Whether you’re using your vet or a cremation service, ask them how, and what system they use to track the animals. Ultimately, it comes down to trust. Trusting the individual or organization you use to perform this service for you is key.
If the cremation route is not for you and you’d prefer to bury your pup at home, first make sure the law allows it. (In some urban areas, it’s actually illegal to bury your pet on your own property and you’ll need to contact the city to find the best way to dispose of the body.) If you do opt for home burial, make sure you bury your dog at least three feet deep in an area that’s likely to be largely undisturbed, and wrap the body in bio-degradable material. A stone or marker at the site is a great way to memorialize your pet, and also to let others know that the site is sacred.
Before you begin the burial service there are some things you’ll want to do. If you’d like to put your dog to rest in a more peaceful position, be aware that rigor mortis starts to set in around 3 hours. At that point it can be tough to put your dog into the position you want
Choosing a Container
There are many containers to choose from to lay your dog to rest. Coffins can be specifically made to fit your dog and the burial can be an experience in which the whole family participates, in remembrance of your beloved dog. If a coffin is not in your budget, there are other options depending on the size of your pet.
- Lunch box
- Cigar box
- Jewelry container
- Sunglasses container
- Cardboard box
- Hat box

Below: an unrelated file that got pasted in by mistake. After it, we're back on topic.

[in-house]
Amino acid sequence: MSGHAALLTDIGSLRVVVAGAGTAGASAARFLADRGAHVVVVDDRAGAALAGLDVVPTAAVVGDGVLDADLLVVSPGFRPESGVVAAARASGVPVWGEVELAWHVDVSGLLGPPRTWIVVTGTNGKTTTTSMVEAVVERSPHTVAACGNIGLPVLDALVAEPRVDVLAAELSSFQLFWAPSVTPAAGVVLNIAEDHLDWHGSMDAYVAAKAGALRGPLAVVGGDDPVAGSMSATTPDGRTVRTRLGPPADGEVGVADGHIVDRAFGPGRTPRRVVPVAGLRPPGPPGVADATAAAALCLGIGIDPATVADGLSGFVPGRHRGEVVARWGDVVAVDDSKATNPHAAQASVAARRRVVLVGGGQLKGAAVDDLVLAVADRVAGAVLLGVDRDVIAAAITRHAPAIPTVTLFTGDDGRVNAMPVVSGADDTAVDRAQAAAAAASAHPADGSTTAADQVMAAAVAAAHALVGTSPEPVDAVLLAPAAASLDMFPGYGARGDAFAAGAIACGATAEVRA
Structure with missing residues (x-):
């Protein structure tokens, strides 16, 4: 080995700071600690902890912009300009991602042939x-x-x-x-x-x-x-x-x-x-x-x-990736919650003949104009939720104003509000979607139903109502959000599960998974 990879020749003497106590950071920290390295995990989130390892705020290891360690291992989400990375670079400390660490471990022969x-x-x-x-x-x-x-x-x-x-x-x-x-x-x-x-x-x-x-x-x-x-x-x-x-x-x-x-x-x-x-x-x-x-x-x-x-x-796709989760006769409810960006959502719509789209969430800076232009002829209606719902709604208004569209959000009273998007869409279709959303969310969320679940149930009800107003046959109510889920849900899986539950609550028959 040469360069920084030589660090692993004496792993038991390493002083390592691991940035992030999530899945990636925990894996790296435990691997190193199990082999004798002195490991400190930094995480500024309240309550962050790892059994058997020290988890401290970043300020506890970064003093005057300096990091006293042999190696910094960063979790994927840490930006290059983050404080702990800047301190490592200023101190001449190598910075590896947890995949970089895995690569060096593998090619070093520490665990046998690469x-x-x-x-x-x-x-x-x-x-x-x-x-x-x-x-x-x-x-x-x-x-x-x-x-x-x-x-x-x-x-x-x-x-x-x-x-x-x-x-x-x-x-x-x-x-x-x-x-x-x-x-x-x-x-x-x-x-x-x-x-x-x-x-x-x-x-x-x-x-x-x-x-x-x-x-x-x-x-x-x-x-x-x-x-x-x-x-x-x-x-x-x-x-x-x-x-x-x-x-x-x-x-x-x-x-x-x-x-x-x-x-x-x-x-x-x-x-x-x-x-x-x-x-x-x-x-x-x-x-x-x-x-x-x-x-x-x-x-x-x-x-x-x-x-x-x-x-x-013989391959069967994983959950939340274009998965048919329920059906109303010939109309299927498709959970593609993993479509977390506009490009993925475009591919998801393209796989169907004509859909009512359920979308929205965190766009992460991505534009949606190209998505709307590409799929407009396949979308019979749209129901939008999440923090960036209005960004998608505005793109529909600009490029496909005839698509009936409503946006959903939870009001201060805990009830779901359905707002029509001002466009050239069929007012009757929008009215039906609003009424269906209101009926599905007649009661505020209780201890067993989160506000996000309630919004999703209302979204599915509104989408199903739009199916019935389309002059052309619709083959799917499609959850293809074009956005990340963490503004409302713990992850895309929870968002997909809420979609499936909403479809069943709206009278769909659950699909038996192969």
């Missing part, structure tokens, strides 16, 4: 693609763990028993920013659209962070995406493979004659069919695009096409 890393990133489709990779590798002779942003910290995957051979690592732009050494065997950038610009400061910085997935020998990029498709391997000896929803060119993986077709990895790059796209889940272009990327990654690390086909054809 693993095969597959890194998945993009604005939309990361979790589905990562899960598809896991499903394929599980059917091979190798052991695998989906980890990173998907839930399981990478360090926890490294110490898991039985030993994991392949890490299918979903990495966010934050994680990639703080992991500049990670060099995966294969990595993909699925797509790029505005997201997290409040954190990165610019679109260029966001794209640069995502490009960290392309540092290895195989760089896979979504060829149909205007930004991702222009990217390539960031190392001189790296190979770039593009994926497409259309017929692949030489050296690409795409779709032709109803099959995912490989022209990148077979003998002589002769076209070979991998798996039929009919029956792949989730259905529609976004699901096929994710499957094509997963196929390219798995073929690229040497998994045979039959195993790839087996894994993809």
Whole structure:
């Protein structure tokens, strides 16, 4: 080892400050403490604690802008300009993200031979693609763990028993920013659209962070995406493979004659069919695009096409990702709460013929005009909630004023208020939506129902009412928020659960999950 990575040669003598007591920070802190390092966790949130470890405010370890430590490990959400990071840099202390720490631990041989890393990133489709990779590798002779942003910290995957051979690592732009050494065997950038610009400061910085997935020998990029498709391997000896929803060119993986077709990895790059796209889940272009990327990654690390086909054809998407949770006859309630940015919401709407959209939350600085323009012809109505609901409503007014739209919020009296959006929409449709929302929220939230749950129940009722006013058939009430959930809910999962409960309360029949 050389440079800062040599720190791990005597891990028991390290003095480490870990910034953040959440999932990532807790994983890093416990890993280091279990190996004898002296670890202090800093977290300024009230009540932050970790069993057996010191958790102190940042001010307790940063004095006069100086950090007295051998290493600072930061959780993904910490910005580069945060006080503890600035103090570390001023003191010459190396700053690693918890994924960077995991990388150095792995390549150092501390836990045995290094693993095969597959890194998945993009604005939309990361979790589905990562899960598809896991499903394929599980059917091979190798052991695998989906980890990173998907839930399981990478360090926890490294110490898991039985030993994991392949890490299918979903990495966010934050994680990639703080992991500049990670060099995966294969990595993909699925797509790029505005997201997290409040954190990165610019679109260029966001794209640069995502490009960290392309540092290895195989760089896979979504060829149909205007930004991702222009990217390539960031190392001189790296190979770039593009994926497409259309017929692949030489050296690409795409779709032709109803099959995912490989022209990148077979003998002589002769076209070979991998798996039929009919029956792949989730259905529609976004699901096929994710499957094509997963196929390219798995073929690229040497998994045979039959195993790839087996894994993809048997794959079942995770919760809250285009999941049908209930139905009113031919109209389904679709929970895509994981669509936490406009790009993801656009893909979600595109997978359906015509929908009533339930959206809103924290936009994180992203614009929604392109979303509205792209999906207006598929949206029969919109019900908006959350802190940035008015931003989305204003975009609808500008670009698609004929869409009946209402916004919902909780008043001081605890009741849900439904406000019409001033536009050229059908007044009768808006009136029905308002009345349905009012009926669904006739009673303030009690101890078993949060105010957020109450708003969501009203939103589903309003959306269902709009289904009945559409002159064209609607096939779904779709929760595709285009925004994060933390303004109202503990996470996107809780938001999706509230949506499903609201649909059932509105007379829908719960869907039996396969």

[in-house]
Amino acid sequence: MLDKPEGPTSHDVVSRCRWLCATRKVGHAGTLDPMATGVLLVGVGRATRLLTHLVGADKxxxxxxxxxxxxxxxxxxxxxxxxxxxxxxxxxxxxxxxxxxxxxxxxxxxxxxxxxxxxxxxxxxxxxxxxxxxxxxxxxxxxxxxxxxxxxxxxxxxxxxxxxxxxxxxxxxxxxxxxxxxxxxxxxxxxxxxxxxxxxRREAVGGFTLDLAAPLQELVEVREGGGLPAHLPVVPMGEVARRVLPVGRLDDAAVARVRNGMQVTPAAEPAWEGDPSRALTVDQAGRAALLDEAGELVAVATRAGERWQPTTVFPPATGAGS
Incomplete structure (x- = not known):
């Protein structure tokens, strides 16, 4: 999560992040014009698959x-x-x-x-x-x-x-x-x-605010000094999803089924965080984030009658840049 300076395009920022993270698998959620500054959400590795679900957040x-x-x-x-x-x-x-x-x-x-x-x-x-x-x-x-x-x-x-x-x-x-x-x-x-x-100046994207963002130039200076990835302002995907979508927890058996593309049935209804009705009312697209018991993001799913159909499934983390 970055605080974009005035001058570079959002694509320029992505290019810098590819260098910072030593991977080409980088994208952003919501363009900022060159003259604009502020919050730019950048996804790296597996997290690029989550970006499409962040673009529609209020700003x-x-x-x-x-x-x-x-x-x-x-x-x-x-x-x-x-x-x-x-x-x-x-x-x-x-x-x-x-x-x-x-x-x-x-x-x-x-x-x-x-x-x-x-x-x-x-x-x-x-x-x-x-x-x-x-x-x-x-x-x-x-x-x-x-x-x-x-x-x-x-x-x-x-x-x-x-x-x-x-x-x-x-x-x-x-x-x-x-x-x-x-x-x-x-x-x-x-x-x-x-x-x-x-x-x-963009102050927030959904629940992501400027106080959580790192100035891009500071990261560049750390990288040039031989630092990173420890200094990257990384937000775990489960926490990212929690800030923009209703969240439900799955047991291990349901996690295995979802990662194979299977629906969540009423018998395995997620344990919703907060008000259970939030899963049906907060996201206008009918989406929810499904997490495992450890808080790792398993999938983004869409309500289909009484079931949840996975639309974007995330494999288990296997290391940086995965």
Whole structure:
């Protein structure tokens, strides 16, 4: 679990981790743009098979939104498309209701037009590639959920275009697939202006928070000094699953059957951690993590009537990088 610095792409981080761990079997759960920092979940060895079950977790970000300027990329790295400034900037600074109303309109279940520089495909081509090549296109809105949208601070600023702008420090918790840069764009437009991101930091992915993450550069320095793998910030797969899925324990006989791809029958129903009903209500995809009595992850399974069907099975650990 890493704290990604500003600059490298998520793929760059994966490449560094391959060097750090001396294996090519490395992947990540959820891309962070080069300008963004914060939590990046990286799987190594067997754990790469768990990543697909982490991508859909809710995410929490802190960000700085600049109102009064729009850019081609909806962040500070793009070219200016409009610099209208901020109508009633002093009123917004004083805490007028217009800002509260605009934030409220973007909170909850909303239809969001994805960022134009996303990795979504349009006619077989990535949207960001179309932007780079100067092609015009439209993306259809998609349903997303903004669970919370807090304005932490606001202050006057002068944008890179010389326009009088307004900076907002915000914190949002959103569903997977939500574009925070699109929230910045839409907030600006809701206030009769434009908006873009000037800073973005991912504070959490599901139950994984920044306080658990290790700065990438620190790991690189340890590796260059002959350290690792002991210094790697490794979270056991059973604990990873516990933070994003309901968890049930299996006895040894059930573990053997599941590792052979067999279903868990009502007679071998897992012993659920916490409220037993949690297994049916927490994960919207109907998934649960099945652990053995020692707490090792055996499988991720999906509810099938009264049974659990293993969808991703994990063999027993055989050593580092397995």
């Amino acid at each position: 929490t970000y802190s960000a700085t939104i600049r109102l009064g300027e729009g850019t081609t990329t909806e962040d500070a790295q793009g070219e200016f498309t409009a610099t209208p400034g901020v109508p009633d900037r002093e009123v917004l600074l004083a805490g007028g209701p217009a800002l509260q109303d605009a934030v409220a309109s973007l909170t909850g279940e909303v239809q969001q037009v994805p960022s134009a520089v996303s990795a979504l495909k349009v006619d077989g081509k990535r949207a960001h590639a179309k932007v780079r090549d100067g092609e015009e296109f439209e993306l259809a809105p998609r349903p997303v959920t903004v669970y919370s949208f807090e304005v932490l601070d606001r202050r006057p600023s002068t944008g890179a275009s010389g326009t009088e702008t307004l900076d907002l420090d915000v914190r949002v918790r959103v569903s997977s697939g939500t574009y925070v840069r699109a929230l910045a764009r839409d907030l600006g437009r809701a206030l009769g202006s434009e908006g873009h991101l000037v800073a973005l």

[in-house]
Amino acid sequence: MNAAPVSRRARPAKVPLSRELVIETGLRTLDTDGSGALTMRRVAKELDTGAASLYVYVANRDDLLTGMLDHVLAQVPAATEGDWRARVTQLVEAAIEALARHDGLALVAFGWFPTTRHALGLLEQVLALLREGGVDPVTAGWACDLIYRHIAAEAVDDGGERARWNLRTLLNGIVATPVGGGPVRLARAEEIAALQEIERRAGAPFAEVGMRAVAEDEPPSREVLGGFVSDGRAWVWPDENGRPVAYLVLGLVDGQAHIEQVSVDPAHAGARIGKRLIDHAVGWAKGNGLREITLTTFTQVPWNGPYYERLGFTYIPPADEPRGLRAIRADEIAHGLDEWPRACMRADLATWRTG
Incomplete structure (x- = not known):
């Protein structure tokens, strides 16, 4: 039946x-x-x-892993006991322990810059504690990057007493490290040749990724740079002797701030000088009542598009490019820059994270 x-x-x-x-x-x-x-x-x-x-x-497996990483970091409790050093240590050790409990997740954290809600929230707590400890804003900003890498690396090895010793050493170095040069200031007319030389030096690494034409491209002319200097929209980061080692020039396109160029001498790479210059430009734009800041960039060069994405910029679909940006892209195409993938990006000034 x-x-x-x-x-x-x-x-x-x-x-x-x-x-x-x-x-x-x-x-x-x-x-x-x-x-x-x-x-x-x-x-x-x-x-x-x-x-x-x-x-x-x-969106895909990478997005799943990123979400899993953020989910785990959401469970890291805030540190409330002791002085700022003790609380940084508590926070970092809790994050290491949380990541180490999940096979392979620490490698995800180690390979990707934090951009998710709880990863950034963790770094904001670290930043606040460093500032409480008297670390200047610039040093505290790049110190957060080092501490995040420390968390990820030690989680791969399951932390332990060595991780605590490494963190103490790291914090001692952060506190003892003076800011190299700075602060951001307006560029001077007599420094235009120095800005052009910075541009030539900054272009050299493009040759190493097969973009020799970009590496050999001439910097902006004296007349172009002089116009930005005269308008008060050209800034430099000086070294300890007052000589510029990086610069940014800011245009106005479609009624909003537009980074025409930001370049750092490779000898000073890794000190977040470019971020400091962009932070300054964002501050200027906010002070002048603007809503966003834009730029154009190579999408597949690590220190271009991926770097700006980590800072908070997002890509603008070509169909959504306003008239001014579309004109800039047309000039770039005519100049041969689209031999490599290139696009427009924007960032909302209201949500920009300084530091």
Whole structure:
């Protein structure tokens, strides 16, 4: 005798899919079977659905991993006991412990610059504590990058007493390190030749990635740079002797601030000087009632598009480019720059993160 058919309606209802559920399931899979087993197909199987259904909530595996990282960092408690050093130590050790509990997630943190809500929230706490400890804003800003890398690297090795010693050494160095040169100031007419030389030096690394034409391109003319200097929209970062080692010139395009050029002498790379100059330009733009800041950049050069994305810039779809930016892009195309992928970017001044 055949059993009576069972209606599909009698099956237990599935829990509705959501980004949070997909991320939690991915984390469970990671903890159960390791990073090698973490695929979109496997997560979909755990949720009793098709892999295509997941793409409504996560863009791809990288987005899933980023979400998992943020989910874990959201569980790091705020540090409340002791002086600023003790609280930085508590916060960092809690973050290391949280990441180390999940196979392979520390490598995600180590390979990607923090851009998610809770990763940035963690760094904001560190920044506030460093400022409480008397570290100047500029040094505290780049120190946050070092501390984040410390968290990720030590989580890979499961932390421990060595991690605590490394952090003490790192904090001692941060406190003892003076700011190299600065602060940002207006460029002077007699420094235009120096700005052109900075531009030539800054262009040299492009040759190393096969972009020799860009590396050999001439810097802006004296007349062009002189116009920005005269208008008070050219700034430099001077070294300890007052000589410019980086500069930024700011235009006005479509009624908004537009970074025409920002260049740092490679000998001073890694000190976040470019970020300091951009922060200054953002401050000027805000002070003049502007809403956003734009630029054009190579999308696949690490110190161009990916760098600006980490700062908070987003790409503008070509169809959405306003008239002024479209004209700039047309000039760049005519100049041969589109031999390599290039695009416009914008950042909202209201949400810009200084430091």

- Laundry basket
- Wicker basket
- Wooden Crate
- Trunk Tote
There are some basic precautions you need to take when burying your dog. You always want to be careful of any diseases, even if you don’t think your dog has any. Here are some tips on how to handle your deceased dog’s remains:
- Wear protective clothing or old clothes that you don’t mind getting dirty. If you plan on wearing the clothes again, you should scrub them with soap, detergent or bleach after the burial.
- Wear disposable gloves and a protective mask. The mask is to prevent you from inhaling fungal spores.
- Do not eat or drink while handling the remains or near them.
- Double bag any soiled items in garbage bags and safely dispose of them.
- See a physician if you feel ill after exposure to the remains.
If you’d like to bury your dog, but are unable to due to weather (snow) or some other event, you’ll need to refrigerate the remains. Be sure to place the body in an airtight, well-labeled container. If small enough, place the container in the refrigerator or another cold location. It is not necessary to freeze the body; however, if the body is too large to place in the refrigerator and you only have space in the freezer you may do this. I suggest that if you are unable to bury the body for an extended period of time that you look into cremation. It is difficult to say goodbye to a pet and move on if you are unable to lay her to rest for weeks or even months.
Burial in a Pet Cemetery
The final, and most expensive, option is to have your pet laid to rest in a pet cemetery. This option might appeal to you if you would like to have a sacred site to visit to remember your beloved pet, but you just can’t bring yourself to cope with the home burial process. This is also something to consider if you are in a rental property or an area that does not allow home burial. Pet cemeteries offer a wide range of products and services including providing caskets, headstones, and burial site maintenance. Some will even perform a memorial service for you and your family to attend. Costs and available services vary widely by location, so you will want to inquire in your local area.